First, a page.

Earth Day is nearly upon us, which means it is time for brands to declare their love for Mother Earth in corporate reports and Medium posts. On Thursday, Lyft did the latter, announcing the company was buying carbon offsets for all rides.
And thus, a thousand uncritical tech stories were launched. As with Apple’s 100 percent renewable announcement last week, Lyft’s proclamation that all of its rides will now be carbon neutral is a somewhat good thing, but it’s also worthy of your skepticism.
The announcement was light on specifics with the company saying it would make a “multi-million dollar investment” in offsets through sustainability company 3Degrees, and that in the first year, it anticipated “offsetting over a million metric tons of carbon.”
On the positive side of the ledger, Lyft, a company that runs mainly on fossil fuel-powered cars, is basically saying, “yo, climate change is real.” That’s no small victory in this day and age. Buying offsets also means trees will get planted, windmills will get installed, and cow manure will be turned into biogas. Those projects can stimulate the local economy, and as Tyndall Center climate scientist Kevin Anderson wrote in a 2012 Nature commentary, potentially be transformative for developing countries (Lyft’s projects will all be U.S.-based, though, according to City Lab).
You aren’t going to get that from Uber.
But Anderson’s pat on the back comes in the middle of a scathing critique of offsets as useless feel goodery masquerading as a climate solution. In the case of Lyft, that’s a particularly potent argument.
“Lyft’s participation in a voluntary carbon offset program at this large scale is admirable, but the impact may not be as large as the announcement makes it sound,” Zak Accuardi, a senior program associate at the foundation TransitCenter, told Earther.
Lyft is part of the ride hailing explosion that’s overrun cities around the world. Not only have companies like Lyft, Uber, and Via taken business from taxis, they’ve increased the number of miles driven. A recent analysis found that in New York alone, ride hailing apps added “600 million miles of vehicular travel to the city’s roadway network” from 2013-16, even after factoring out all the rides they took from cabs and personal automobiles.
Six hundred million miles. That’s enough to circle the Earth at the equator more than 24,000 times. Extrapolated out, it translates to 550 million pounds of extra greenhouse gases chucked into the atmosphere, according to the Conservation Law Fund.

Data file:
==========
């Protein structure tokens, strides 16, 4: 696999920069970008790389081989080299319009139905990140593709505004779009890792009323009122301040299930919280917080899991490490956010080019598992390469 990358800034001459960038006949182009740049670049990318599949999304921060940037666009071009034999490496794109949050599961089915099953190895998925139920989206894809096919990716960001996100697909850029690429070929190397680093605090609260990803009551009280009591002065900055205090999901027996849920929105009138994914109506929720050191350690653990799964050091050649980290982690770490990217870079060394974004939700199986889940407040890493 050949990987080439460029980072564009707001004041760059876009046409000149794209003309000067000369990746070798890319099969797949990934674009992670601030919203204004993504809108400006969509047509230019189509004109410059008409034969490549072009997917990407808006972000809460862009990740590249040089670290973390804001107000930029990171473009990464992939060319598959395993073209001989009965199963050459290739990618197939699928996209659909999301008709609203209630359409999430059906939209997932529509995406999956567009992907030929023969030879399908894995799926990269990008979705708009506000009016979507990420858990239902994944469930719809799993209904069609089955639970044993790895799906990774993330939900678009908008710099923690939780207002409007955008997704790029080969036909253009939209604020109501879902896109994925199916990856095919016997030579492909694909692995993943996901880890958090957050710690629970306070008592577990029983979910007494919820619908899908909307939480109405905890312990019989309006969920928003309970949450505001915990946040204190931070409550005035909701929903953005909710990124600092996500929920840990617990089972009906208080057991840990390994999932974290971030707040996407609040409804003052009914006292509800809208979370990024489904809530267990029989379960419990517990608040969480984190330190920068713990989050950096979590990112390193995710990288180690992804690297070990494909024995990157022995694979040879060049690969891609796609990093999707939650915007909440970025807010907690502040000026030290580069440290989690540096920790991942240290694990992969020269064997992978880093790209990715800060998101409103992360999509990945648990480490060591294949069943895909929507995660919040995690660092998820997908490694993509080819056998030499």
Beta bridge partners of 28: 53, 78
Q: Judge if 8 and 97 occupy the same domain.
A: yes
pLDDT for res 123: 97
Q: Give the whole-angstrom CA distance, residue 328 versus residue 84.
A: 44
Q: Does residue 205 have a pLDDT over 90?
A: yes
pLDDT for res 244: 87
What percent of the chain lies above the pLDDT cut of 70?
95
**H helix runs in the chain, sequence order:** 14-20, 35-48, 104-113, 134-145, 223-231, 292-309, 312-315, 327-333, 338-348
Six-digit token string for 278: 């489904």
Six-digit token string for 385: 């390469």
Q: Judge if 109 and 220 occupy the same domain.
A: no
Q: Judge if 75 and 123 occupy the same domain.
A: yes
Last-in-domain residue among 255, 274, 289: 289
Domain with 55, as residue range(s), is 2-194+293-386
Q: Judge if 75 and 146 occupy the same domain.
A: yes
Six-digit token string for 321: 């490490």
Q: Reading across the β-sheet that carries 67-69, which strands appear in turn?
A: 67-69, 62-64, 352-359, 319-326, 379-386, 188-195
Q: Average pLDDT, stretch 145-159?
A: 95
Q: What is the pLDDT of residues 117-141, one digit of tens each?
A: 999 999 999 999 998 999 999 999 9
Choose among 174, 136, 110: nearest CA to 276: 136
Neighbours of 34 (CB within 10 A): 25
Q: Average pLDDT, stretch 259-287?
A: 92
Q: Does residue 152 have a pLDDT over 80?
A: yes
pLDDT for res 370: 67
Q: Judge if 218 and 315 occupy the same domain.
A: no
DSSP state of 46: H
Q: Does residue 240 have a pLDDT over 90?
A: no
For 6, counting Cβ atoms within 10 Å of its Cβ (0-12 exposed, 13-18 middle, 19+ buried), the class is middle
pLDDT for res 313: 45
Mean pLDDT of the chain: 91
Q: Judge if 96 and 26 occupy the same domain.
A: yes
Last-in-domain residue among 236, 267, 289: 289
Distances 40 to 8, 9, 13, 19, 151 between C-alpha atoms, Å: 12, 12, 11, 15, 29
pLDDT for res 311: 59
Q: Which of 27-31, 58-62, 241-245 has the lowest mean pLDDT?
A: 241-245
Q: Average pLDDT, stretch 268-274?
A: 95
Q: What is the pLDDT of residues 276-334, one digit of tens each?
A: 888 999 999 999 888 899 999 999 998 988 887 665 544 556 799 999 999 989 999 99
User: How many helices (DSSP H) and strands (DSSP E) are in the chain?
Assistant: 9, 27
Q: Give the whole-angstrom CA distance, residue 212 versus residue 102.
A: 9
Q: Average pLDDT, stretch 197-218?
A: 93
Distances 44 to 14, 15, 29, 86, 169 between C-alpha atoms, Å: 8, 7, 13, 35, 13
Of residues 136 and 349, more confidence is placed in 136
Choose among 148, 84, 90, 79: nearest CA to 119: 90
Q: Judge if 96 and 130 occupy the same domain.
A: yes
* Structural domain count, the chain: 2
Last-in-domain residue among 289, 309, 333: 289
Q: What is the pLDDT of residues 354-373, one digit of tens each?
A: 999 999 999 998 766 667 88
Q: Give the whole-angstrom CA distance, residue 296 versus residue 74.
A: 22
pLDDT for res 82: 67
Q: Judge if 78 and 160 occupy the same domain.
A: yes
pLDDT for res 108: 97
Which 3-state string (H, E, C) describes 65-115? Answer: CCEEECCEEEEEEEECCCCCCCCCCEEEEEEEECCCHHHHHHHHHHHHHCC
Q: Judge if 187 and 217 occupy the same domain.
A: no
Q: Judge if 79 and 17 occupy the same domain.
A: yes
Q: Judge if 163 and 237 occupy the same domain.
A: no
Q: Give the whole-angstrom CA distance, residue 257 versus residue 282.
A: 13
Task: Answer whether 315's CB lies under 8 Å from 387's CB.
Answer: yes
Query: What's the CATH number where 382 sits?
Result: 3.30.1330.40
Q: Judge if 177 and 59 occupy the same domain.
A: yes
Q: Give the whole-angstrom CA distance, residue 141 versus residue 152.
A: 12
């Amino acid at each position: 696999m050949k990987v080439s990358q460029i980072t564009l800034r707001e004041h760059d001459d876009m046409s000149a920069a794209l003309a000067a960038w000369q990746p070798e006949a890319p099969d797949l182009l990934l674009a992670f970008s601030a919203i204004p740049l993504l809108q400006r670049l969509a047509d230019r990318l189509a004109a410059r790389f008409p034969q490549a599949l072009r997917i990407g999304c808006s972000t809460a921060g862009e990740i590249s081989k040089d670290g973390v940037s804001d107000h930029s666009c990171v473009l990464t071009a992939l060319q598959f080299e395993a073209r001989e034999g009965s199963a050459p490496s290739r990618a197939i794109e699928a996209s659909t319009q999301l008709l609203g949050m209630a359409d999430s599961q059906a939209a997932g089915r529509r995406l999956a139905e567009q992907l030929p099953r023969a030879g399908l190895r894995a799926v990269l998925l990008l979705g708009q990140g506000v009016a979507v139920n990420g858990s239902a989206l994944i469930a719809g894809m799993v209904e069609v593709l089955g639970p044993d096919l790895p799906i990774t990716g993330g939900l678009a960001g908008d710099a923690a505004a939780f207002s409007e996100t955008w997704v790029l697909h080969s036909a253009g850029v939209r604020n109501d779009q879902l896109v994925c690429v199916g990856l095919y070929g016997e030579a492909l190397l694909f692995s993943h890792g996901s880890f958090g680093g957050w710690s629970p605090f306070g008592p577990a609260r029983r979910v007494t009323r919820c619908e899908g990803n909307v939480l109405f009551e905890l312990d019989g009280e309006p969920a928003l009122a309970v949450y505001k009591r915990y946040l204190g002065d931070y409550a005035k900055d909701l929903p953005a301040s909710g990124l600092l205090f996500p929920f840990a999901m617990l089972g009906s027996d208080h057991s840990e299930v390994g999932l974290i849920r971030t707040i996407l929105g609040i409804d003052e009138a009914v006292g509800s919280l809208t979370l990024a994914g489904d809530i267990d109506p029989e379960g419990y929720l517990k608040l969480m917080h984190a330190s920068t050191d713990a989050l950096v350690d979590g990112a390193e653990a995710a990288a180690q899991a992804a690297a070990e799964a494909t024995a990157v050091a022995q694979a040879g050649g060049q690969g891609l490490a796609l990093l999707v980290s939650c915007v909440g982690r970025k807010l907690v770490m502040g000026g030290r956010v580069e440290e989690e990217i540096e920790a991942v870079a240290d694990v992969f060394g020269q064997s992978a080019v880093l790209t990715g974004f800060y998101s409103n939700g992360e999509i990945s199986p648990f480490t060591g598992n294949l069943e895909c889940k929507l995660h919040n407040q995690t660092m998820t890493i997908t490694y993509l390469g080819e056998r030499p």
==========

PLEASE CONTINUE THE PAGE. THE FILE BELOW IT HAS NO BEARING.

“Of the potential transportation actions assessed by Project Drawdown—an organization run by Lyft’s environmental advisor Paul Hawken—ride-hailing offers the smallest potential for reducing our carbon footprint, globally,” Accuardi said. (He also told Earther he was a fellow on Hawken’s project, but did not participate in the analysis).
Ironically, Lyft’s carbon offset plan could be a giant virtue signal that lets people feel like they can ride guilt-free, making matters even worse. Riders who would normally walk, hop a Citi Bike, or public transit could instead take a Lyft. Walking and biking are, of course, already carbon-free forms of transport, while public transit is much less carbon intensive than taking a car, particularly if lots of people use it.
What’s more, carbon offsets don’t account for the increase in local air pollution caused by gas-powered cars, which adversely affects the poor and people of color the most, or for drivers barely scraping by in the gig economy. And let’s bring it home with the reality that offsets often fail to account for the long timeframes of climate change.
Carbon emissions spend more than 100 years warming the atmosphere. Any offset has to counteract those effects, while not leading to more emissions down the road. That’s an incredibly tall order.
“For an offset project to be genuinely low-carbon, it must guarantee that it does not stimulate further emissions over the subsequent century,” Anderson wrote in that 2012 Nature piece. “To do so would presume powers of prediction that could have foreseen the Internet and low-cost airlines following from Marconi’s 1901 telegraph and the Wright brothers’ 1903 maiden flight.”
All of this is to say Lyft’s effort is a nice, if misguided, attempt to improve a deeply flawed system that prioritizes sprawl over density, doesn’t price carbon, and in the U.S. at least, doesn’t acknowledge how woefully unprepared we are for climate change.
Lyft alone isn’t going to fix that system, but it can do more to be a part of a meaningful shift. The company, to its credit, has lobbied for congestion pricing in New York, which proponents argue would reduce gridlock by setting up tolls for travel downtown. Lyft is also part of We Are Still In, a group of states, cities, and companies that plan to meet the U.S. Paris Agreement commitment, even though Donald Trump has announced his plan to pull the U.S. out of the pact.
But at the end of the day, addressing climate change means taking far fewer rides in gas-powered cars, something that’s currently at odds with any ride-sharing company’s business model. And the clock is ticking.